I personally believe why being a project manager is so cool. It’s not just about completing documentation or following guidelines. You are the one who makes it possible to get things done. What you do to accomplish this is different with every engagement, every team and every day. A PM deals with everything from the vendor, the stakeholders, the sponsor, the project team, to external sources (and more). It is an art to manage all these spokes in the wheel so that the wheel can keep turning. You negotiate, convince, cajole, assert, pester, question, report, justify and produce. You are the one to whom all involved stakeholders go to when something is needed – whether it’s a budget matter from your sponsor, a task conflict from your team member, a problem from your vendor. All these requests go to you to help resolve. You are managing your team to keep them motivated and enthusiastic about what they are doing, while you are also managing your steering committee and sponsors to keep them informed and happy with what is being accomplished. Sometimes you are put in the position of defending one side or the other. Being put in the middle is not always a great place to be but it sometimes is inevitable. You just have to remember that your primary objective is to manage the project, even if it means calling activities to a halt because something like the funding question hasn’t been settled yet.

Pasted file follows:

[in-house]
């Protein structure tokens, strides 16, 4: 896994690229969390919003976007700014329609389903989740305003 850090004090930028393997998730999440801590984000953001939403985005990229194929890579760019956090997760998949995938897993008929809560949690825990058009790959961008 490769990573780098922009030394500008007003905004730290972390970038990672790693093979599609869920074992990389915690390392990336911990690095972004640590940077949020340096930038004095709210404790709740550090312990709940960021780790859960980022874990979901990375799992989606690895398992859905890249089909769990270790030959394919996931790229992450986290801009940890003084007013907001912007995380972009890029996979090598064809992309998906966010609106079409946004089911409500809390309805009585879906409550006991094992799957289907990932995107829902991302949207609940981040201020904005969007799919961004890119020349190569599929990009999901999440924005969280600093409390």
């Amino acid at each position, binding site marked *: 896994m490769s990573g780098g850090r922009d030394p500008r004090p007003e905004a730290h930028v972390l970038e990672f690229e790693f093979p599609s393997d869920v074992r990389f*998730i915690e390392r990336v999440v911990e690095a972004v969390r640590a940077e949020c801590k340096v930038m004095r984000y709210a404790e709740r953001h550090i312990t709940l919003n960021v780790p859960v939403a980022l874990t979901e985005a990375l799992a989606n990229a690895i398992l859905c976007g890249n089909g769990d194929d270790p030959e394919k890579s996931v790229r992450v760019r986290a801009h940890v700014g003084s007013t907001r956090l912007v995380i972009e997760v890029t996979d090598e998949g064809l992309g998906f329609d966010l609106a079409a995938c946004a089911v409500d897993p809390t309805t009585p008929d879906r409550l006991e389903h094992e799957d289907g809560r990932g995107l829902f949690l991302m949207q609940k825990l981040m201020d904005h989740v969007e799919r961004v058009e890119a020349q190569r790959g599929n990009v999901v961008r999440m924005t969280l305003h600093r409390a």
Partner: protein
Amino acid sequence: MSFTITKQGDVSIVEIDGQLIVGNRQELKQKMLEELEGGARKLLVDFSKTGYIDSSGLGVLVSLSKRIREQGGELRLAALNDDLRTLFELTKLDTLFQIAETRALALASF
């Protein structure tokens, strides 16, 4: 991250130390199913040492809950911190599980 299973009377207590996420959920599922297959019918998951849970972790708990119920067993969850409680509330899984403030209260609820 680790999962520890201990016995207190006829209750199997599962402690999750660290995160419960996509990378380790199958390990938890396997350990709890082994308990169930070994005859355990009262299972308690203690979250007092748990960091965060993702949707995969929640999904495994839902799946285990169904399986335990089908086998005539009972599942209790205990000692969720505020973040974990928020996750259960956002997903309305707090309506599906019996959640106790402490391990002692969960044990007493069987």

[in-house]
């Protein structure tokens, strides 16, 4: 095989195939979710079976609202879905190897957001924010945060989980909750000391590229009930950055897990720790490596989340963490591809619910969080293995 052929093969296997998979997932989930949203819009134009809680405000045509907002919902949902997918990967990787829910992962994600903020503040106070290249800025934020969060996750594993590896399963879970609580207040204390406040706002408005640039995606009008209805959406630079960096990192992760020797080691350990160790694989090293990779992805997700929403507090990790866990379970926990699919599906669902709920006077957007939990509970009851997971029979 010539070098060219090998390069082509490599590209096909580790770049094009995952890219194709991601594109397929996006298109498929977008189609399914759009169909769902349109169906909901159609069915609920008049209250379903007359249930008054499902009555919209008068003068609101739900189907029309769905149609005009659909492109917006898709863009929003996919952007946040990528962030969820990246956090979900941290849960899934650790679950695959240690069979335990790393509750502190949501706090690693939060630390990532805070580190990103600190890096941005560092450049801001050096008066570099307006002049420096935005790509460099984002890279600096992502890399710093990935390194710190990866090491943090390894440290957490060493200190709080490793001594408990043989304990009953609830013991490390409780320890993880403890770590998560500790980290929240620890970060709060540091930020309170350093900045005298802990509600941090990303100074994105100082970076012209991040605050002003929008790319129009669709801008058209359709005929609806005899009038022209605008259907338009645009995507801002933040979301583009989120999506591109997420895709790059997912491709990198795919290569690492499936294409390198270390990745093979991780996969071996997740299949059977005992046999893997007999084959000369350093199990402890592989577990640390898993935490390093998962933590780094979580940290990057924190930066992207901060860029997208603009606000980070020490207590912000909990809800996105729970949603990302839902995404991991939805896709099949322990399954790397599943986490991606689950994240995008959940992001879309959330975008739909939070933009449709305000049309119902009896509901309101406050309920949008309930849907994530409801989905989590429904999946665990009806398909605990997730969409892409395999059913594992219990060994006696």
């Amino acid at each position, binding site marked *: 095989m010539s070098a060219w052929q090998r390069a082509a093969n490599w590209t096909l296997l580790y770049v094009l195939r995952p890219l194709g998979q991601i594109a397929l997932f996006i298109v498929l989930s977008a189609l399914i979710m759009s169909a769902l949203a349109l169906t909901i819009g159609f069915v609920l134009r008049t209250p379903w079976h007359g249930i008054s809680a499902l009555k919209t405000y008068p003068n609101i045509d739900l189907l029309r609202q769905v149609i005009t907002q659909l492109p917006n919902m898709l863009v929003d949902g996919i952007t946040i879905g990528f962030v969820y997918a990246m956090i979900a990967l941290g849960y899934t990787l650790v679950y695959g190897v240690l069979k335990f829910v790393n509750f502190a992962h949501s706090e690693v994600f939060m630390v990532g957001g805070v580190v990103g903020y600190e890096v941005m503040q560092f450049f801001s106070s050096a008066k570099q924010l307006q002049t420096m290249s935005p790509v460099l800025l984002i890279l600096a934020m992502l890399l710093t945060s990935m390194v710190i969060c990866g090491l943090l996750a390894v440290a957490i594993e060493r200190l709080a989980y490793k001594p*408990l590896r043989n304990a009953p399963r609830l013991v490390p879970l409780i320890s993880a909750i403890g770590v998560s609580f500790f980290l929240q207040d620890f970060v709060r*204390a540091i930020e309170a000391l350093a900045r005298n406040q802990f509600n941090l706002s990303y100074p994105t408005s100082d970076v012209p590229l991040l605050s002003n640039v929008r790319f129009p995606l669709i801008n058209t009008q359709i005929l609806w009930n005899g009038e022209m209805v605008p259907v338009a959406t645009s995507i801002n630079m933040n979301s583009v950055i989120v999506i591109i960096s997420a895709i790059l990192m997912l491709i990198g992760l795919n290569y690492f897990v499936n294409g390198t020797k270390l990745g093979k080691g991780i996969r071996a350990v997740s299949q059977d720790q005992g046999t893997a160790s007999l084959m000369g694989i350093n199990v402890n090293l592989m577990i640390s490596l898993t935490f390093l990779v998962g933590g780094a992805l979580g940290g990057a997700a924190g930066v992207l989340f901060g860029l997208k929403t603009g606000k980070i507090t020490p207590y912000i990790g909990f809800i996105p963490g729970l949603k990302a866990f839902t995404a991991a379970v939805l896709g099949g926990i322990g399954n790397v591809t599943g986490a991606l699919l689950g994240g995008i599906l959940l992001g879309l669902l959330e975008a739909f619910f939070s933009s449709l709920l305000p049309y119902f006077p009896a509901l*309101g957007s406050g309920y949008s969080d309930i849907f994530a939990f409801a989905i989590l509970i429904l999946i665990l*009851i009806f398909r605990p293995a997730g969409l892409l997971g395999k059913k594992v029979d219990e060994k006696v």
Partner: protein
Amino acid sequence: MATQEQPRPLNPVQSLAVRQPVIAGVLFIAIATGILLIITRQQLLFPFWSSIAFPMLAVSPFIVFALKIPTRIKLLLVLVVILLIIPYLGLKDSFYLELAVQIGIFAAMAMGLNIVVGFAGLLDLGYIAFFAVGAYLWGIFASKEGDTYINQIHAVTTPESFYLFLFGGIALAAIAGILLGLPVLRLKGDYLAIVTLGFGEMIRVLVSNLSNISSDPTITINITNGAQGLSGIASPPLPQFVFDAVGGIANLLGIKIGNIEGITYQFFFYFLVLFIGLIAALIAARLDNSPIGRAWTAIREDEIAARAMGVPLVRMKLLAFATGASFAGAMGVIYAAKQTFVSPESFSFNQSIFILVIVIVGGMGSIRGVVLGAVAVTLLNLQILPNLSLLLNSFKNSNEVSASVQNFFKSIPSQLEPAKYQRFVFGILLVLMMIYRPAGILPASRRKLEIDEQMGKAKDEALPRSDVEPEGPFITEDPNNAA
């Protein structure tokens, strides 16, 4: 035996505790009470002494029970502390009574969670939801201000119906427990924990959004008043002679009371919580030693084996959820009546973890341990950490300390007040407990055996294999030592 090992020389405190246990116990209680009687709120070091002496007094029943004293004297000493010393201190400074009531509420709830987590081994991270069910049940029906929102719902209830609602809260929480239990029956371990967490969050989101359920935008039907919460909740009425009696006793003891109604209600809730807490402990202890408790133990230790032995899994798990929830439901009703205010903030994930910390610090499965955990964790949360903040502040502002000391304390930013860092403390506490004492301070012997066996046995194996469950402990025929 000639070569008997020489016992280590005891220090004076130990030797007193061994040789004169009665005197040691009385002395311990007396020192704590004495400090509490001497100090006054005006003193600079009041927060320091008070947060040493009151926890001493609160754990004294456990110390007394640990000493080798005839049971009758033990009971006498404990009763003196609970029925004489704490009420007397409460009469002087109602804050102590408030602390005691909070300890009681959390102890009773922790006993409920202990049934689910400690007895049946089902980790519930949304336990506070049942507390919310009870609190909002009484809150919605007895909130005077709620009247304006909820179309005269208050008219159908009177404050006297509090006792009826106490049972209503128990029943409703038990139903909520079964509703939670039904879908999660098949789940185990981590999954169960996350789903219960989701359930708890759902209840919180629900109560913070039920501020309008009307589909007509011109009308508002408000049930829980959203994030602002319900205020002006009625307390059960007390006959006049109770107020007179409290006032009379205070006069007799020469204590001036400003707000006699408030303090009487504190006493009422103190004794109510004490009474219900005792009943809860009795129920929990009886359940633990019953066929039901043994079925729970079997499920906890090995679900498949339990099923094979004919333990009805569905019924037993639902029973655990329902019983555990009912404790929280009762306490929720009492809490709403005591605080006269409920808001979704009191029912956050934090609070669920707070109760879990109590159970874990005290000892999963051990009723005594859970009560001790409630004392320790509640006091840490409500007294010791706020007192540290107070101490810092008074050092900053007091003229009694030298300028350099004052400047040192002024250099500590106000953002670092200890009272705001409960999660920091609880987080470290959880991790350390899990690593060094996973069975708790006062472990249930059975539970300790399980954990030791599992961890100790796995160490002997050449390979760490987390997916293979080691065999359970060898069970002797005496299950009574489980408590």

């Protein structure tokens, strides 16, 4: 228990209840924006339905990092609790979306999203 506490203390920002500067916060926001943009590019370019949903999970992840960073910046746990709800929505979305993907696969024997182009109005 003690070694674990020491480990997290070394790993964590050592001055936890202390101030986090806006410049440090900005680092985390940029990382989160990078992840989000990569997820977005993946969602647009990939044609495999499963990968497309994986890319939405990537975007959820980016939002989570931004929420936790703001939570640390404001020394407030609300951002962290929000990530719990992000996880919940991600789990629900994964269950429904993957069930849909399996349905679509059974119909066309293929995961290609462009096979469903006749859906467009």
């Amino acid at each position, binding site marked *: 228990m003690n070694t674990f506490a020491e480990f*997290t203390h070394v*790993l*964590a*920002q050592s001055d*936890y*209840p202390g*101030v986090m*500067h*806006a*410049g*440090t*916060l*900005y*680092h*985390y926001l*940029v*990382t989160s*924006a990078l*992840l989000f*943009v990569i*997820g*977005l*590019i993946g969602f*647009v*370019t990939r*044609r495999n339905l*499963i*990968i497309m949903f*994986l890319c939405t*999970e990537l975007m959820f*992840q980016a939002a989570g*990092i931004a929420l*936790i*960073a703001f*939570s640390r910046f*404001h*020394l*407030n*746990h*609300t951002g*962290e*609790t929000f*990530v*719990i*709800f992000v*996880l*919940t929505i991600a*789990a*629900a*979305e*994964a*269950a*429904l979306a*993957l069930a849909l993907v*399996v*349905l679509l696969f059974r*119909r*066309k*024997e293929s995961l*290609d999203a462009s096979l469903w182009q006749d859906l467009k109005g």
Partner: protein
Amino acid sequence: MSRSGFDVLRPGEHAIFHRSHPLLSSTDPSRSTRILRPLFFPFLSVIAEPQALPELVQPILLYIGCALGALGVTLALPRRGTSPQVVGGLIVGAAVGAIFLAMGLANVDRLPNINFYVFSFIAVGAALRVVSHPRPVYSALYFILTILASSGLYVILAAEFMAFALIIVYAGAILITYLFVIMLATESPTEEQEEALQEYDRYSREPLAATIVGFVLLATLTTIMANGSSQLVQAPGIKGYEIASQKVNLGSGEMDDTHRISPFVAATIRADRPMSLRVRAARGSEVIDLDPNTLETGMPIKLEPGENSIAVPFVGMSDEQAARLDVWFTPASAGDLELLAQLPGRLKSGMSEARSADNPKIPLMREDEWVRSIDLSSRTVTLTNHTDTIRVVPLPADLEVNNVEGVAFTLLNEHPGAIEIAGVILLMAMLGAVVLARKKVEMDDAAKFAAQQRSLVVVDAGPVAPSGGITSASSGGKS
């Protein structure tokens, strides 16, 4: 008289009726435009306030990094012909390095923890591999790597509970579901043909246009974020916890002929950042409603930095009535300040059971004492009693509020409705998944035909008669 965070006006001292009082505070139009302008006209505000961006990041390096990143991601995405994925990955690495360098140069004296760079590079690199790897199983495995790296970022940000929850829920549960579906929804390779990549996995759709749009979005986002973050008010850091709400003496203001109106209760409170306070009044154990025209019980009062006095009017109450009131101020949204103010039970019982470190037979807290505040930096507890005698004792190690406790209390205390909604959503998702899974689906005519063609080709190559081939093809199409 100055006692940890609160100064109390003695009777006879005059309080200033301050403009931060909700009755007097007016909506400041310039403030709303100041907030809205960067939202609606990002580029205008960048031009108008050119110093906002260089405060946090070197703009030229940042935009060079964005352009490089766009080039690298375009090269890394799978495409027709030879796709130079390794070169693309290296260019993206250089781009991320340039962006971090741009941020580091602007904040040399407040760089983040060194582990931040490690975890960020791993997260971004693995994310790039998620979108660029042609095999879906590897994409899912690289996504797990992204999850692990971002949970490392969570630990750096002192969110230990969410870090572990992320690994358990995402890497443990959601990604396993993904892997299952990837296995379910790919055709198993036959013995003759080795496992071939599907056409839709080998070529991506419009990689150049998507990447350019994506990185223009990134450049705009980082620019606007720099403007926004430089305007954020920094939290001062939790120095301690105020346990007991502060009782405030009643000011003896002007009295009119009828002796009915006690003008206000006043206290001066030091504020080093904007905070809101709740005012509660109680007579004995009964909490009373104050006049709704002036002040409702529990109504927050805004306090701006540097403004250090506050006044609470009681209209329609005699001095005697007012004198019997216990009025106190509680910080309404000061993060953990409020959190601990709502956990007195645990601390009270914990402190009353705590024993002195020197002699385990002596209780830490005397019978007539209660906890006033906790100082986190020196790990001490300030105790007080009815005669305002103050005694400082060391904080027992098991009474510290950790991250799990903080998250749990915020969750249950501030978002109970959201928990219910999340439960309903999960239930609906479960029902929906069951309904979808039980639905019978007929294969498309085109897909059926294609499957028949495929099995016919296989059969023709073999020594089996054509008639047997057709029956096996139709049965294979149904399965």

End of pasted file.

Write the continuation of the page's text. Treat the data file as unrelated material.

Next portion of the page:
This can be quite daunting at first but once you commit yourself, it can be the most exciting and self-gratifying thing you have ever experienced. It’s realizing that you can deal with and handle all of these different scenarios, questions and people every day and you are able to do it all by yourself (not to say that you don’t have support from colleagues or friends but that is not what I mean). You find within yourself reserves of strength you may not have known that you possessed. You are able to gain confidence in your own abilities so you start to feel like you can conquer anything. You just know, without question, that you can handle anything thrown at you and it will not bring you down.
After you have delivered a successful project result, having run the gauntlet and met all of the challenges along the way, you feel the pride inside that makes all the effort worthwhile.
That is why I am a PM.
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Caroline Ouimet is a healthcare professional who began her career as a Registered Nurse 20 years ago. She worked as a clinical nurse in long term care, home care and acute care settings before turning to information technology and project management. She added an IT diploma to her degree in Nursing as well as her project management professional designation (PMP). But her focus and her passion has remained firmly on healthcare. She is dedicated to bringing clinical initiatives across the finish line successfully and to the satisfaction of the client. Whether it is at a single community hospital, a hospital corporation, government agency or a provincial initiative, Caroline has proven that she can get the job done. Her manner and attitude promotes engagement by project members, stakeholders and colleagues to form collaborative and supportive teams. She is resourceful, determined and tenacious when delivering for the client. Caroline believes in open and transparent communication, commitment to success and never backing down from a challenge.